Transforming the conversation on aging.

The Pelicans.


I sit in an upholstered chair bequeathed to us residents on the tenth floor of the Ocean House where I live. I watch them. The Pelicans. Their black slim bodies and blacker wide spread wings drift through the iridescent afterglow of the sunset. It back lights them in blue, red-orange, gray-green, yellow, gold. They hover in the twilight sky. They are waiting for something.


The Pelicans.

They fly past my window, their regal wings parting the pink and gray clouds like a vain young girl parting her unruly hair for the prom. So someone, anyone will notice her.

And get his scrubbed fingernails (scrubbed for the prom) tangled in the scrubbed clean girl’s hair. Waiting and waiting.


The Pelicans.

They are so close I could yank the floppy intrusive blinds up into the ceiling, push the window open, reach out and touch them.. They turn their heads to see me with their beady sightless eyes while they wait.


The Pelicans.

No. I would do more than touch them. I would stroke their poor misshapen legs and heads. The beaks long and skinny, like the young girl’s legs and arms. No luscious grace and sexy round around round shapeliness yet. Maybe next year.


The Pelicans.

Swooping and diving now. Every which way. I count them. There are six, no seven. Where are they going? What are they waiting for?

Flying now in a pattern. Almost like man-made. But when could man ever make anything so perfect. Two absolutely identical graceful wings, coming together in a point…three Pelicans on each wing, one in the point.


The Pelicans.

It looks like the sky is trying to rain. In California? In November? Unlikely. The cloud pictures that surround the Pelicans are suddenly of young boys and girls. They are round, curving legs and arms, bouncy breasts blooming amongst the dark hairy arms and hands of the young nervous boys skipping across the sky. They are eating each other’s mouths. Both are eating each other’s faces. The Pelicans pause to watch. Didn’t they have any supper?


The Pelicans.

They are lined up, looking down. What are they looking for? Suddenly I remember. The full moon was last night. The grunion ran last night. Hundreds of little silver fish. The females first, depositing their eggs in the sand on the highest wave of the highest tide. The males on the next high wave depositing their sperm in the eggs. Then all scrambling madly back into the full moon moonlit sea. All that is, except for the slowpokes. They lie stunned and stranded in the shallow water waiting for another high, high tide. To carry them out to sea. It never comes.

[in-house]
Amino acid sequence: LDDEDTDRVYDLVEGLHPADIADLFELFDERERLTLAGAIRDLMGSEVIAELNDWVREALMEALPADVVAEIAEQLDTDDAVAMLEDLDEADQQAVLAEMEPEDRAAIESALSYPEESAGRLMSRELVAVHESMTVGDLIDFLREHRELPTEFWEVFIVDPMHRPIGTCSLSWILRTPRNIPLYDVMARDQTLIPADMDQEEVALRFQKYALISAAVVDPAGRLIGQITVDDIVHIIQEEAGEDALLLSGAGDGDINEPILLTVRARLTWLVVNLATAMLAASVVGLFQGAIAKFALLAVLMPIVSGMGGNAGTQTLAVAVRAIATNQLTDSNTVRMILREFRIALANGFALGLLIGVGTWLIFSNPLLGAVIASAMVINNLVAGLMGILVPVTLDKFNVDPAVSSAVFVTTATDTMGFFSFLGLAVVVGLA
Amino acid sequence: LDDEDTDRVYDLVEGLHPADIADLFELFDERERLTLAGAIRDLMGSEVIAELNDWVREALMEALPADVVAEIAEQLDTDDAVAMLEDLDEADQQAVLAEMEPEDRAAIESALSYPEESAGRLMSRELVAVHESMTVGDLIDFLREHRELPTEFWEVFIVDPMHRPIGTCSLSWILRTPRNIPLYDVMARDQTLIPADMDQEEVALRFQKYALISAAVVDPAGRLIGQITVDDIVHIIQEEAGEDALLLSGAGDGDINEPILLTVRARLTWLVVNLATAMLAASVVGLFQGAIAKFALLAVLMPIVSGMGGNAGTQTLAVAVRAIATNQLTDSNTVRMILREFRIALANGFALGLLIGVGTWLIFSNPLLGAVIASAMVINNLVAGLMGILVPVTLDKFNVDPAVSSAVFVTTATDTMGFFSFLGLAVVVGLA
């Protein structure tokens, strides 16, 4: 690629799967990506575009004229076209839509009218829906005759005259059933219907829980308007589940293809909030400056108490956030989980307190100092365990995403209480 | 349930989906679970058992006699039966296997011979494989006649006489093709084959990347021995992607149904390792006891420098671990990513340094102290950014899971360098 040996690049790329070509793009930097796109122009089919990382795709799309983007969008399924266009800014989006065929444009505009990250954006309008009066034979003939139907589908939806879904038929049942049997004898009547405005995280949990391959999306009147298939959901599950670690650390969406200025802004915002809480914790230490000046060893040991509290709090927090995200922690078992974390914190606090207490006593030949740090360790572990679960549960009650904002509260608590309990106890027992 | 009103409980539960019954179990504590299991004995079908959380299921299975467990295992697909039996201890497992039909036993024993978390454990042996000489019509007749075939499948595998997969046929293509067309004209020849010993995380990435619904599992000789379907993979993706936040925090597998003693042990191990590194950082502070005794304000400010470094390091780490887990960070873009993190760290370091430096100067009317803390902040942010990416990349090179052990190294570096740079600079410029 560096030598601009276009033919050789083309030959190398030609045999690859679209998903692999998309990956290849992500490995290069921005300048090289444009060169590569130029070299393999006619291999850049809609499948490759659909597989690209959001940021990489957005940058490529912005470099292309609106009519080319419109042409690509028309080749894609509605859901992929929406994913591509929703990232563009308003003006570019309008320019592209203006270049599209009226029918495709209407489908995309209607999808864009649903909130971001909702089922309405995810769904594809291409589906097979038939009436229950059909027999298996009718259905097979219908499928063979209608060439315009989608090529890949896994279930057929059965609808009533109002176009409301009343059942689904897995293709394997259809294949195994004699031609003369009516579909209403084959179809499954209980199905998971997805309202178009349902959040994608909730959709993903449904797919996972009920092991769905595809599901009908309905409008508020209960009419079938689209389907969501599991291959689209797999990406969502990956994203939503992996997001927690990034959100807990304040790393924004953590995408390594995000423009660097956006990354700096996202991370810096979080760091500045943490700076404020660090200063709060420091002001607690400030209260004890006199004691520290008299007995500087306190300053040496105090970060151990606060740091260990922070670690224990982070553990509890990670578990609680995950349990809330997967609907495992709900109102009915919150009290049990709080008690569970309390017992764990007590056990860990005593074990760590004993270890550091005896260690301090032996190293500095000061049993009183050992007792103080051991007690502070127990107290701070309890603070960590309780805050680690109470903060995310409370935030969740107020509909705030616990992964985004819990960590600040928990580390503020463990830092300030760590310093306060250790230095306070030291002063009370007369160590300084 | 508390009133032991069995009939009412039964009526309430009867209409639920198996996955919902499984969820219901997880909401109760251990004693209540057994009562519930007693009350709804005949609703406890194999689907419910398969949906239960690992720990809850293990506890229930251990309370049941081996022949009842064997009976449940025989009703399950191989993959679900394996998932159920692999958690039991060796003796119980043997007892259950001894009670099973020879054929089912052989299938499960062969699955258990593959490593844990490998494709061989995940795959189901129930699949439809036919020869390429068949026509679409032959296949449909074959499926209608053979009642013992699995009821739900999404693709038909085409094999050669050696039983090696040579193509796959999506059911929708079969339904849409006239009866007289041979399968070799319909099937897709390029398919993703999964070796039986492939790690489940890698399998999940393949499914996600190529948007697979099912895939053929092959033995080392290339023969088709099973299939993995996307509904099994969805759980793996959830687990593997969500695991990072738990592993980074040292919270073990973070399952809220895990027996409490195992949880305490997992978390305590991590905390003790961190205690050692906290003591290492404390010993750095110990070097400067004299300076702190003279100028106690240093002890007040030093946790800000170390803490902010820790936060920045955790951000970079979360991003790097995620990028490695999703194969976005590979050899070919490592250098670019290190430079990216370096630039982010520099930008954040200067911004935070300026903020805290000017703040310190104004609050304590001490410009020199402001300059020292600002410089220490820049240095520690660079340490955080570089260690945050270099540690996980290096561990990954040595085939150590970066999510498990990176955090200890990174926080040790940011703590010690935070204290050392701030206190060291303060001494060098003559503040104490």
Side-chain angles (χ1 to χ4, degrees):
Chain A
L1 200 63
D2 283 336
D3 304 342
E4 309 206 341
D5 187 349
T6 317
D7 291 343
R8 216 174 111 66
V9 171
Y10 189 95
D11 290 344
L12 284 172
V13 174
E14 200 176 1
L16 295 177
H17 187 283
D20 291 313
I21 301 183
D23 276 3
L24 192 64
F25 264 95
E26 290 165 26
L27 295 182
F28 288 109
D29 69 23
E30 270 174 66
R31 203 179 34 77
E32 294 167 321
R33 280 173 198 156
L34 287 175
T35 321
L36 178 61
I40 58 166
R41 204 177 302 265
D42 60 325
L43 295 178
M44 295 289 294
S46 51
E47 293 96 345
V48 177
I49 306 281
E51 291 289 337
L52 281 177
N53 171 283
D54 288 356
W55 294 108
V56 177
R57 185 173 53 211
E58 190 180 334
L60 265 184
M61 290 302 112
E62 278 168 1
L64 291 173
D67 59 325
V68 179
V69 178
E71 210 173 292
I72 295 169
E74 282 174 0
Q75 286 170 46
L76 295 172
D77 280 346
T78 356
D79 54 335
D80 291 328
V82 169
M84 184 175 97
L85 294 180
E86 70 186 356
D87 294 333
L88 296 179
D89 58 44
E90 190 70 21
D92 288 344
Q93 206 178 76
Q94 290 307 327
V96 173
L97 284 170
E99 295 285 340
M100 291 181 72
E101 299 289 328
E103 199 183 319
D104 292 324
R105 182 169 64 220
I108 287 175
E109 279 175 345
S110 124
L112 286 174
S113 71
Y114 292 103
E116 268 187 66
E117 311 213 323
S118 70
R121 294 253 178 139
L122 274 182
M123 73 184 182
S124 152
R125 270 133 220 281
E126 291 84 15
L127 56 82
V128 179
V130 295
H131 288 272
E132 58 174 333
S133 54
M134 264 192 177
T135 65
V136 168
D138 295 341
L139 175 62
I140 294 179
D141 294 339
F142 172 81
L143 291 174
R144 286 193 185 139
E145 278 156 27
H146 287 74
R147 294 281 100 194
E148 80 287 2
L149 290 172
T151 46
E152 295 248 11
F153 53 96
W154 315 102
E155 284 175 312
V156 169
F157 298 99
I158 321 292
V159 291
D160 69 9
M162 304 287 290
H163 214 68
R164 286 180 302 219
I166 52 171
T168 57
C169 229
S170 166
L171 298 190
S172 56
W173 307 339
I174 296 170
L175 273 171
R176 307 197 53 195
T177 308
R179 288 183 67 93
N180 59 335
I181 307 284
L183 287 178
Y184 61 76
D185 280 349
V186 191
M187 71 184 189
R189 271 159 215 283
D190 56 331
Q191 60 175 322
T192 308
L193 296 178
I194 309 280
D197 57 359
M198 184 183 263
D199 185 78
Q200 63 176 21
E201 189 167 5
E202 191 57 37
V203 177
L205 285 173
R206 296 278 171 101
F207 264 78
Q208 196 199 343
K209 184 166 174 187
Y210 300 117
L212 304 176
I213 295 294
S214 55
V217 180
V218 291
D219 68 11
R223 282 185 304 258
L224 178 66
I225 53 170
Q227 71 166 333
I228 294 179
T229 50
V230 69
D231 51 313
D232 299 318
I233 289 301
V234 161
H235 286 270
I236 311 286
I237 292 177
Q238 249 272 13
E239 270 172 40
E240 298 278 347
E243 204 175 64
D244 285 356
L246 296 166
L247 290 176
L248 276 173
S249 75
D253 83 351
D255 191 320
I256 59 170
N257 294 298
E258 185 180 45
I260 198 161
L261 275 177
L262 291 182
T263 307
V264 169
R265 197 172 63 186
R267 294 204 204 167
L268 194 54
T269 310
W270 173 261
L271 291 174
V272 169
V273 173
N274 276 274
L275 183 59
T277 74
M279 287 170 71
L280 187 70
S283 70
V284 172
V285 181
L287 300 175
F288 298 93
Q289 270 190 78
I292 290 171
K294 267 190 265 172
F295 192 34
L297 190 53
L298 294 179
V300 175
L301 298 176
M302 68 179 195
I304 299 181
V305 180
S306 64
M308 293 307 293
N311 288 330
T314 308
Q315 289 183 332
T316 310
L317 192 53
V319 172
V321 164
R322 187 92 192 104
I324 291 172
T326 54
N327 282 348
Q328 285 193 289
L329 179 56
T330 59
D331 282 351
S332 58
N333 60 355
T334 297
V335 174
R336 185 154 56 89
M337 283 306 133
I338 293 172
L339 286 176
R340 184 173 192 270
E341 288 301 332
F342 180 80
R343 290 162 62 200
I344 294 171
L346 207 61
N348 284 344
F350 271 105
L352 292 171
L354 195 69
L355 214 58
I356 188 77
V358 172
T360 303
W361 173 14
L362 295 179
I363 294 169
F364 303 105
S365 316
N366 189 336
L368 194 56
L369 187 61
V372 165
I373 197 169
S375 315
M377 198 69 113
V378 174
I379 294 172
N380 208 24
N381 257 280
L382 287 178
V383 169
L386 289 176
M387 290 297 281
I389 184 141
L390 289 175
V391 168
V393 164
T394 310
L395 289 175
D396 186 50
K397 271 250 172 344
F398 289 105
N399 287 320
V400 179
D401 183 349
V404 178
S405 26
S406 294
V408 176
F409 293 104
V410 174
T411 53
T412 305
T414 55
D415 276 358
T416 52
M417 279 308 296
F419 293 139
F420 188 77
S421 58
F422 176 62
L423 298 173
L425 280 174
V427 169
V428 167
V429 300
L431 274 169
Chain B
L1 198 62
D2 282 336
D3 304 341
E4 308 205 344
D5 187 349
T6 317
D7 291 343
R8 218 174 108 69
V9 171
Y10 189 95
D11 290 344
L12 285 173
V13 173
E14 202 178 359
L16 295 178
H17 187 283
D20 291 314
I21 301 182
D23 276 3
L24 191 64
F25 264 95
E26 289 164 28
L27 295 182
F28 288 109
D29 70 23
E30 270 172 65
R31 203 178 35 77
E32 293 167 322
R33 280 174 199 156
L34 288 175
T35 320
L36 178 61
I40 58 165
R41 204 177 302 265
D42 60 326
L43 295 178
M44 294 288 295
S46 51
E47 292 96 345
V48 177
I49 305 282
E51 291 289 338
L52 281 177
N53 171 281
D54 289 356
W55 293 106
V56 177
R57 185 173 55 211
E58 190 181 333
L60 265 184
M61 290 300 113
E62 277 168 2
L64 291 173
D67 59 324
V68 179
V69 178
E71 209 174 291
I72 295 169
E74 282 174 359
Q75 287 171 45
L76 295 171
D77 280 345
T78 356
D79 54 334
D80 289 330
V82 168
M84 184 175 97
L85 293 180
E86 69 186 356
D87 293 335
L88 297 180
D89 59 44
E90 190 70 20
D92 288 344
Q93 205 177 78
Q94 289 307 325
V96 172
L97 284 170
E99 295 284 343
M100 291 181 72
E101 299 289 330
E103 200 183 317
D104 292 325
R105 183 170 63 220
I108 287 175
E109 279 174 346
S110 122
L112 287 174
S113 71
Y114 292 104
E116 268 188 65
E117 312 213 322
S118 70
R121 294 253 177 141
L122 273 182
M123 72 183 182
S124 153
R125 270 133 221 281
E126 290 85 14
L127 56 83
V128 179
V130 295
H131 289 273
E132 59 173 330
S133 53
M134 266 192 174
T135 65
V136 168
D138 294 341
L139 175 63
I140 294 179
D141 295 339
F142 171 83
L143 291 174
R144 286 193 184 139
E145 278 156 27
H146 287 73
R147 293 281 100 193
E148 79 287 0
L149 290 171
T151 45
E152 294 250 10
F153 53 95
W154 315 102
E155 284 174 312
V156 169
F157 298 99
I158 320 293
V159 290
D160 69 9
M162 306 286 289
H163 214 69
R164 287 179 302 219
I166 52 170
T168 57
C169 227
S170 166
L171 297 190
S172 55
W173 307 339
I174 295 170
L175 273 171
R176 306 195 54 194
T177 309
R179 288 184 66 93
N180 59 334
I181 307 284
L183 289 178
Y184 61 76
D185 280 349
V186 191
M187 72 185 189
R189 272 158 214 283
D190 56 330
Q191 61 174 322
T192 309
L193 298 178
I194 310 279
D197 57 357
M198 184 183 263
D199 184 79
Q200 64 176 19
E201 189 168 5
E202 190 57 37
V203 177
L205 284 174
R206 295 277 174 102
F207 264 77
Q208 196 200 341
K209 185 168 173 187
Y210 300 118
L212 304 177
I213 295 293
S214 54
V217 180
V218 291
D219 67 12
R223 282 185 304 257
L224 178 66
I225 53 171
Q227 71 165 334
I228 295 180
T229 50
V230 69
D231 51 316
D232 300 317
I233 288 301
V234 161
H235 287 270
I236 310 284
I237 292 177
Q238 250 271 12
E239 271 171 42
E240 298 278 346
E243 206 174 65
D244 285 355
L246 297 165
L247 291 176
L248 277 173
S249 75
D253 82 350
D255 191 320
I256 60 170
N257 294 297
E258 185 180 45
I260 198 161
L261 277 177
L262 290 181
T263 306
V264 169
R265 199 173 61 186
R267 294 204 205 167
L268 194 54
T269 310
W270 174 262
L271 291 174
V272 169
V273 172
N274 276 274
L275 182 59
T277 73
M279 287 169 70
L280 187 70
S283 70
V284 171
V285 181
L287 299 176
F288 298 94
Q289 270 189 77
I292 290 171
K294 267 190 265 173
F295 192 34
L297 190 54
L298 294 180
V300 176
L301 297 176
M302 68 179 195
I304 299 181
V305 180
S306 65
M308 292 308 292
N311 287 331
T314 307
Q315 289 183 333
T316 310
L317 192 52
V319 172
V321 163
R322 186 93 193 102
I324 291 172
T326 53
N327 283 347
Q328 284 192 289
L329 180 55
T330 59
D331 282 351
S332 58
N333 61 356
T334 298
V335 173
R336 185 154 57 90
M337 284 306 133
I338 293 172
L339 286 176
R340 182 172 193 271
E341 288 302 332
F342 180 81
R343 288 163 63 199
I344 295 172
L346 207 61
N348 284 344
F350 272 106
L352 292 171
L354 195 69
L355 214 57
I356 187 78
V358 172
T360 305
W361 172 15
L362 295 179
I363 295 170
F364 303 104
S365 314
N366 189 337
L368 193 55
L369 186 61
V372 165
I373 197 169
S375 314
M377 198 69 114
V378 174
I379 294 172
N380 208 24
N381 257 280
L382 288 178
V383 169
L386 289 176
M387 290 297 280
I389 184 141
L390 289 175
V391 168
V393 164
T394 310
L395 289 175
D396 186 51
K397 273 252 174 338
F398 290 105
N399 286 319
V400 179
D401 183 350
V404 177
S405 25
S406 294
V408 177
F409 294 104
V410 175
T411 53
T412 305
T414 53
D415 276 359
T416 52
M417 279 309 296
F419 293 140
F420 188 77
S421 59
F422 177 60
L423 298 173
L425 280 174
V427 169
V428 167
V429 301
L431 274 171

The Pelicans.

Suddenly the Pelicans dive, in perfect formation, their skinny bodies stretched and taut like a broken fingernail, broken from being chewed too much. Wheeling crazily they scrunch their wings together like discarded cloaks on bent and broken wire coat hangers so they won’t break in half when they hit the water. At that exact moment the Pelicans open their beaks. Then snap, splat, smash, they dive into the grunion filled sea.


A blubbering mass of feathers surrounds the empty spot where each one dove. All is quiet for a moment. Then the Pelicans surface, grunion-stuffed beaks dripping water and half-chewed little fish, shake themselves grandly, and fly lazily off.

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Comment by MonicaSavage on November 11, 2020 at 1:47pm

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